Dave Bittner: [00:07:12] Ecuador apparently sees his support of Catalonian independence as a particularly objectionable breach of trust. Ecuador's President Lenin Moreno, who took office in May, has described the WikiLeaks founder as a hacker - which he doesn't mean in a good way - an inherited problem and a stone in the shoe. President Moreno will be in London at the end of this week, and there's considerable speculation that during or shortly after his visit, Mr. Assange will be handed over to British authorities. A lot of other authorities are also interested in him. The U.S. in particular would like him to account for his role in the leaks by former U.S. Army Specialist Manning.
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Dave Bittner: [00:08:59] Joining me once again is Rick Howard. He's the chief security officer at Palo Alto Networks. He also heads up Unit 42, which is their threat intel team. Rick, welcome back. You know, a couple months ago, you told me about this notion of a cyber moonshot that your boss had floated to some folks. And I think that captured the imagination of some people. Other people are skeptical of it. But you've got an update. There's some new information about this.
Rick Howard: [00:09:24] Yeah. You're right. And, you know, the idea of a cyber moonshot has been around for years and years. But, you know, it's just been kind of a, you know, a thing, a marketing thing that vendors would glom onto. And the idea of it was inspired by President Kennedy's speech at Rice University back in the early '60s where he proclaimed that the United States would send a man to the moon and bring him back safely in 10 years, not because it was easy, but because it was hard. And that's what Americans do. We solve hard problems, right?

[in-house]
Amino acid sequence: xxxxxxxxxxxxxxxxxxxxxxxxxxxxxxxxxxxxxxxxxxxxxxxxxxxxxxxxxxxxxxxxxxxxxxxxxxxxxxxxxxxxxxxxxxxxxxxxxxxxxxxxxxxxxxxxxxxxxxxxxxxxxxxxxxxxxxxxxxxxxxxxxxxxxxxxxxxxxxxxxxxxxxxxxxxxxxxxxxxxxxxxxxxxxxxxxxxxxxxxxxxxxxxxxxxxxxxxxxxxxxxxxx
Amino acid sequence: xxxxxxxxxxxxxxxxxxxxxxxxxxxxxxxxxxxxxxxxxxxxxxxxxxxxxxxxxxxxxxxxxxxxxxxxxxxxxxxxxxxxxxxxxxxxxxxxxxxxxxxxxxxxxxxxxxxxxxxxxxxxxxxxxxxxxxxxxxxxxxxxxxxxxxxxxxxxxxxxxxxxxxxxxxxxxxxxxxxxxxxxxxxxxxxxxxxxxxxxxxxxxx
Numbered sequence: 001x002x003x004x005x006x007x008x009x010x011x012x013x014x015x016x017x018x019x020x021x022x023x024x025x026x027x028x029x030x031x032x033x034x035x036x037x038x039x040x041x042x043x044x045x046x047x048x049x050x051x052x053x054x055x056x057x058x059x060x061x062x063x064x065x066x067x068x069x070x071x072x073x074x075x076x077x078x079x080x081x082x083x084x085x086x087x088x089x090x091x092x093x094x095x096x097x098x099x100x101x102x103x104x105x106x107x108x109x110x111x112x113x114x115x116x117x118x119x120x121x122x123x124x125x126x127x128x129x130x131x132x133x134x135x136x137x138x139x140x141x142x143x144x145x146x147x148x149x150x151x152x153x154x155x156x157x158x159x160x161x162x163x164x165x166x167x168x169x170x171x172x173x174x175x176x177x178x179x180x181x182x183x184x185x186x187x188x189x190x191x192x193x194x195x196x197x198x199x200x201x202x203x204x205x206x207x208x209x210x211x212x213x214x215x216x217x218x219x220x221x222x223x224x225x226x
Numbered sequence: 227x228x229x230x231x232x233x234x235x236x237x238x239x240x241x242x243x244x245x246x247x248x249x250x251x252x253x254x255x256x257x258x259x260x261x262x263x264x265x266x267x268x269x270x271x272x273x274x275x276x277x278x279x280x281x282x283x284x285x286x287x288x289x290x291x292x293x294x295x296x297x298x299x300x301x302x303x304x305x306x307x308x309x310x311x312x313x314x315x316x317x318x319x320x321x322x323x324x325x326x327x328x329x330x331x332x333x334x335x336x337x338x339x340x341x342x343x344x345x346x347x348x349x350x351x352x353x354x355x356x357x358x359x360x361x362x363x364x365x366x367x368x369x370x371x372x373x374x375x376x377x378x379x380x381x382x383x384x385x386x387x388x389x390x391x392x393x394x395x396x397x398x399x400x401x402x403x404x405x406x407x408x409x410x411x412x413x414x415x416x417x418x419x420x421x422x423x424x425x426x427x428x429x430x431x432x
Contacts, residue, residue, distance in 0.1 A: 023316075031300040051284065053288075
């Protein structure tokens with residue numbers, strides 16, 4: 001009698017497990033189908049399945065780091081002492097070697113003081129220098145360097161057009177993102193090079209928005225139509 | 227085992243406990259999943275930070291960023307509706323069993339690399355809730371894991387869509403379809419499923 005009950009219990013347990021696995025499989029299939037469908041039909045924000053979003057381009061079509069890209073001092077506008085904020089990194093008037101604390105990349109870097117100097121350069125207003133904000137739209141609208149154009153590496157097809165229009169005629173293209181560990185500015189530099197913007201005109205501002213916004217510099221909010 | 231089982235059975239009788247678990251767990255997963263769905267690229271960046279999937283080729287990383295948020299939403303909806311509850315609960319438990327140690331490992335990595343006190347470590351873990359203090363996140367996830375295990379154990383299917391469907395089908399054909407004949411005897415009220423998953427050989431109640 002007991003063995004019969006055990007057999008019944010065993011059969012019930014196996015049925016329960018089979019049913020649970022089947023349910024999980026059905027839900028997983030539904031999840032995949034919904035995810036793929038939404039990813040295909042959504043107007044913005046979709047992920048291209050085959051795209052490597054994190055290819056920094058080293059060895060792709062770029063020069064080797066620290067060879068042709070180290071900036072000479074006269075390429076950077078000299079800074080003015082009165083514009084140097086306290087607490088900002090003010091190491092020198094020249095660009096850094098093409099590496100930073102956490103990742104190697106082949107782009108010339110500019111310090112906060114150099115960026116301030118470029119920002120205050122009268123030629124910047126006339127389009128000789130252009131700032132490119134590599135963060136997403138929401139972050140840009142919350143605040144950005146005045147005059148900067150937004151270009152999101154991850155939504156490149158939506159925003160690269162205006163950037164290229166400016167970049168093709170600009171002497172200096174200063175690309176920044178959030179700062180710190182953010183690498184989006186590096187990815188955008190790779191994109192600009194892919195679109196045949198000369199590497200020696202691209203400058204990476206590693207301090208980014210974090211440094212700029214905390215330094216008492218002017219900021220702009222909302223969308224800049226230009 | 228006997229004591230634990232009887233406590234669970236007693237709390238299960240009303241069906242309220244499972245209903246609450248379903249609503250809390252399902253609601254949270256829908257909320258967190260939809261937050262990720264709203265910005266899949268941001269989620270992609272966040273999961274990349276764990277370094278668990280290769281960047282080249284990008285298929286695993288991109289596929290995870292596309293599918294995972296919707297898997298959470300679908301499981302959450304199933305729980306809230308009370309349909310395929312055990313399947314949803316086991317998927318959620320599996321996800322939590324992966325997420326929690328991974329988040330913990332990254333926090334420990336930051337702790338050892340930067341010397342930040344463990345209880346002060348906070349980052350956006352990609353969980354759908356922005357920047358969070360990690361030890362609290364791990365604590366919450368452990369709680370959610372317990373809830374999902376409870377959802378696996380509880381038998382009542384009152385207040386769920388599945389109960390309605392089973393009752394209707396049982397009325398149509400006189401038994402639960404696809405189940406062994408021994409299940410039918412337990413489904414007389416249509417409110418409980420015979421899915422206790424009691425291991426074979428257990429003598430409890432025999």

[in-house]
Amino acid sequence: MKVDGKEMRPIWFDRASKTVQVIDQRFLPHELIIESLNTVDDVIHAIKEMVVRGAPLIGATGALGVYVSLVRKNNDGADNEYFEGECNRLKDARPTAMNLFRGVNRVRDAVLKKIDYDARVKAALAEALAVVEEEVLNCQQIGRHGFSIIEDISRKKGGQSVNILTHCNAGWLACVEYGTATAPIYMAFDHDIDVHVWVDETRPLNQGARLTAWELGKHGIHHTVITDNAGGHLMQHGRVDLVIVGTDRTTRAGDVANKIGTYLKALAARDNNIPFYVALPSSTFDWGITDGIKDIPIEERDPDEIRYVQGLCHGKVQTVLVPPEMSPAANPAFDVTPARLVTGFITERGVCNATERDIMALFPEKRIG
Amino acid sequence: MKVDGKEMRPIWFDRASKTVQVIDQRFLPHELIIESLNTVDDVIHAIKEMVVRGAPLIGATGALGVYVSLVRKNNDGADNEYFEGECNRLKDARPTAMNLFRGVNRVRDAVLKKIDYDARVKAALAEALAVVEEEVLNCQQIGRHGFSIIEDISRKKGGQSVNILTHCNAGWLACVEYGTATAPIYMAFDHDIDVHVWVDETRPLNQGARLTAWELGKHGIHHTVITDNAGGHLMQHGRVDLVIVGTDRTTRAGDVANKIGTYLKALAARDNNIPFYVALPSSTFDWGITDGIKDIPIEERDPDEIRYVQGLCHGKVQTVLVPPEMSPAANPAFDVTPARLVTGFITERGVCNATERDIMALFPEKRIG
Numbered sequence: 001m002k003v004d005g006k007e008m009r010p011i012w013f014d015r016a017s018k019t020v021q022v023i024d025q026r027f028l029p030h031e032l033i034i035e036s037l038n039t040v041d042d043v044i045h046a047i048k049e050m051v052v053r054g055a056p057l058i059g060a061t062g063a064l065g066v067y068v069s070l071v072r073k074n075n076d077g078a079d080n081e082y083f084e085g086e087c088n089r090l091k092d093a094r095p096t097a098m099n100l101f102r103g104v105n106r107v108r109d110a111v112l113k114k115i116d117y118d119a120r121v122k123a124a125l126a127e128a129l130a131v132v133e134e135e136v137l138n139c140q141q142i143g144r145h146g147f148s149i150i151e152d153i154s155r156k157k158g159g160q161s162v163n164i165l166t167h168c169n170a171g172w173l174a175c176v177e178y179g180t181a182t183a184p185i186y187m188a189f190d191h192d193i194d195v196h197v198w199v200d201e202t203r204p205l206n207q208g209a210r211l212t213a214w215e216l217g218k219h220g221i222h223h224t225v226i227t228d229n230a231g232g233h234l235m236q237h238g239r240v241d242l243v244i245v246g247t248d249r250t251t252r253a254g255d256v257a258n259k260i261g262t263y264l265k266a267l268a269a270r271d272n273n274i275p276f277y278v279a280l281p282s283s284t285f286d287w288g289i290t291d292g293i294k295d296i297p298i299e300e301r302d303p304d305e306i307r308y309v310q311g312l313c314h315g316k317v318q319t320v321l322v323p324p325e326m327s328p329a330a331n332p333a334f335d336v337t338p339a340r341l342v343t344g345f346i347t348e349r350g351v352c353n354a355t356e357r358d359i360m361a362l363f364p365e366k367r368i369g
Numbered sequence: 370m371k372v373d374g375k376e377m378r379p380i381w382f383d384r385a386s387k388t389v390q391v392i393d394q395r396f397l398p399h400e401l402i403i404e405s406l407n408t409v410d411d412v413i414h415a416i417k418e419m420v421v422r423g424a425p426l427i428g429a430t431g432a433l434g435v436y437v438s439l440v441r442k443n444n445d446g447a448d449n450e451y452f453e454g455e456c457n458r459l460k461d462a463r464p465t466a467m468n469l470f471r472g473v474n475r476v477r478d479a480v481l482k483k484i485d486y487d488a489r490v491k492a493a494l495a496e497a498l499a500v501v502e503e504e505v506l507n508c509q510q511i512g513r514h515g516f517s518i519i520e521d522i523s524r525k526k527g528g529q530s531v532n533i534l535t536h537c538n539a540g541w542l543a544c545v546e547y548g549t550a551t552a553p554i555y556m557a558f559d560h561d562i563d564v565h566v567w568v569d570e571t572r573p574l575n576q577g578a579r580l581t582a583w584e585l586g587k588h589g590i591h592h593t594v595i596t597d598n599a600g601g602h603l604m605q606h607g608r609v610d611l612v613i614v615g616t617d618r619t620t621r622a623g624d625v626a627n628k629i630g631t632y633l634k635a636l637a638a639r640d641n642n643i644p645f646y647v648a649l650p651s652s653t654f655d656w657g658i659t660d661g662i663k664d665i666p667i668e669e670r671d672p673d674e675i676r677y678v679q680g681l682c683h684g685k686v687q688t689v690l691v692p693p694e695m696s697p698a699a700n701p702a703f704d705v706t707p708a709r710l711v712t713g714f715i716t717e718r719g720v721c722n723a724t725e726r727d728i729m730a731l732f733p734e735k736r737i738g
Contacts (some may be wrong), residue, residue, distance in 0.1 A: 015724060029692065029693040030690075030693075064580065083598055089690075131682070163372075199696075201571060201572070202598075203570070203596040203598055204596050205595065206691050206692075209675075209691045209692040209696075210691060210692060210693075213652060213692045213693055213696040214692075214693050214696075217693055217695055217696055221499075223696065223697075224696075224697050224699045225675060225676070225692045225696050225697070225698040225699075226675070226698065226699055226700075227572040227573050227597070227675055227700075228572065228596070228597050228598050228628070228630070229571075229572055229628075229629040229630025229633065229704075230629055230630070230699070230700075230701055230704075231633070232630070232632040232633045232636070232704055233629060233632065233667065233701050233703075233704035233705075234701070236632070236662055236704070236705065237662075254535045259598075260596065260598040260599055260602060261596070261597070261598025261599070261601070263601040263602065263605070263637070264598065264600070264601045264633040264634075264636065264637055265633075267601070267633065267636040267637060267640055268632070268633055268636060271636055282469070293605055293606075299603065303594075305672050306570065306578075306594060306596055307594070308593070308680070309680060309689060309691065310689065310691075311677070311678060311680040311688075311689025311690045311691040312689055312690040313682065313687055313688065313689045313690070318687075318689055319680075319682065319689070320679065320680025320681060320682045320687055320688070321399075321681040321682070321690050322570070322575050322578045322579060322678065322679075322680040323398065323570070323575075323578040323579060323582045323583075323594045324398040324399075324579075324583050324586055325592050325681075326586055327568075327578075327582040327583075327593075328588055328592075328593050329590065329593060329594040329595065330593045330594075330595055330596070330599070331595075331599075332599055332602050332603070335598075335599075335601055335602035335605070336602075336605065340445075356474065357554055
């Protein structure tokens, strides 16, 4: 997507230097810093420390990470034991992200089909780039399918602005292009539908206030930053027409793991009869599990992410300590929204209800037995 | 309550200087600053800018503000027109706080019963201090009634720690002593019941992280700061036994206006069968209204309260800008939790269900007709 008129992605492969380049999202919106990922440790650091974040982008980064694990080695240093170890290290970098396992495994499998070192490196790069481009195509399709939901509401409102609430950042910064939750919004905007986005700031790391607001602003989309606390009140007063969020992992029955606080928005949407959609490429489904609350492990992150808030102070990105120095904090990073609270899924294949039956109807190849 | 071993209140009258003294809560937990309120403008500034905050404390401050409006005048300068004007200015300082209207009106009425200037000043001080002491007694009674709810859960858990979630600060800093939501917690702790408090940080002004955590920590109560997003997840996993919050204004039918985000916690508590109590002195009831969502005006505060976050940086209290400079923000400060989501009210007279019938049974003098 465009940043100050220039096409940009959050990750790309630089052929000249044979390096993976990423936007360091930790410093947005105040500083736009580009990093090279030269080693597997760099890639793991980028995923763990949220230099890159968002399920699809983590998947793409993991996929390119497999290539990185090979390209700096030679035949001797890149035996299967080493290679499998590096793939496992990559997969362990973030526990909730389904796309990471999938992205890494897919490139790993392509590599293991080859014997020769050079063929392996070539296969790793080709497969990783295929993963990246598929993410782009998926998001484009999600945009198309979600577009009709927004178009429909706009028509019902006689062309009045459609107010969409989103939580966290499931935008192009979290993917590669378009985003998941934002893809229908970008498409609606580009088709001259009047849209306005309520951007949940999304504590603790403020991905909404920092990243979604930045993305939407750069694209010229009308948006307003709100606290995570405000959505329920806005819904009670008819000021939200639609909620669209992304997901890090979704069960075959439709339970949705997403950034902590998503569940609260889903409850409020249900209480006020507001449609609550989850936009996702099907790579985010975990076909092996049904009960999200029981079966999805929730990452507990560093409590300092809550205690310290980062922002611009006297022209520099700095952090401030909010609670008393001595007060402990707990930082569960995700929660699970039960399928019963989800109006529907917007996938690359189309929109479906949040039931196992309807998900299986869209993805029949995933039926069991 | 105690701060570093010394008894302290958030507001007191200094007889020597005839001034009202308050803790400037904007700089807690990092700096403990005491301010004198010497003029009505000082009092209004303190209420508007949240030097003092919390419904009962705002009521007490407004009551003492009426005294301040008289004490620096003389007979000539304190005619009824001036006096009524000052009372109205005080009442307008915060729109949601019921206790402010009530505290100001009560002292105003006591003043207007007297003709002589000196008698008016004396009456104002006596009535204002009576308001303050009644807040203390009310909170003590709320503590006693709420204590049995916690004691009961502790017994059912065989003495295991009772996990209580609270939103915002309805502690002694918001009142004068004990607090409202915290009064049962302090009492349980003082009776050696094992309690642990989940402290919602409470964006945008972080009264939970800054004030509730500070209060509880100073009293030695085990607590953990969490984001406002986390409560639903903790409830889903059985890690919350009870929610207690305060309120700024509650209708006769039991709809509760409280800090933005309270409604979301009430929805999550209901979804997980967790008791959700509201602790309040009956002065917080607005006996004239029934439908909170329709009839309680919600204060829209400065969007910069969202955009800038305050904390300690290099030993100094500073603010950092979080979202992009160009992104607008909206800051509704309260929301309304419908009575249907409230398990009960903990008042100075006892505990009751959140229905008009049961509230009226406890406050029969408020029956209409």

Rick Howard: [00:09:52] So my boss got up in front of this conference that goes on over the last few years, the Joint Service Academy Cyber Security Summit. We've been rotating this group around the academies for the various years. We did two years up at West Point. We did two years in Annapolis. And next year, we're going up to the Air Force Academy. Well, when we went to the Annapolis, my boss got up and said, you know what? I'm tired of talking about the problem. Why don't we do something about it. All right? And why don't we all get together and figure out how to do a cyber moonshot?
Rick Howard: [00:10:22] So here's the mission statement. If we wanted to make the internet safe in 10 years - not safer, but safe - what would it take? And that got everybody excited. When I talked about this on your program the last time, I got lots of phone calls, lots of emails asking how they can help. And so that's been fantastic. All right? So - but when I talk to network defenders about the cyber moonshot, OK, they want to jump right to solving the problem, right? And that's not really what we're going for with this. We're not trying to incrementally solve - making the internet safe. We're trying to identify the problems that need to be solved, knowing full well that we probably don't have solutions in place that can solve those problems. And so we are trying to identify what those problems are.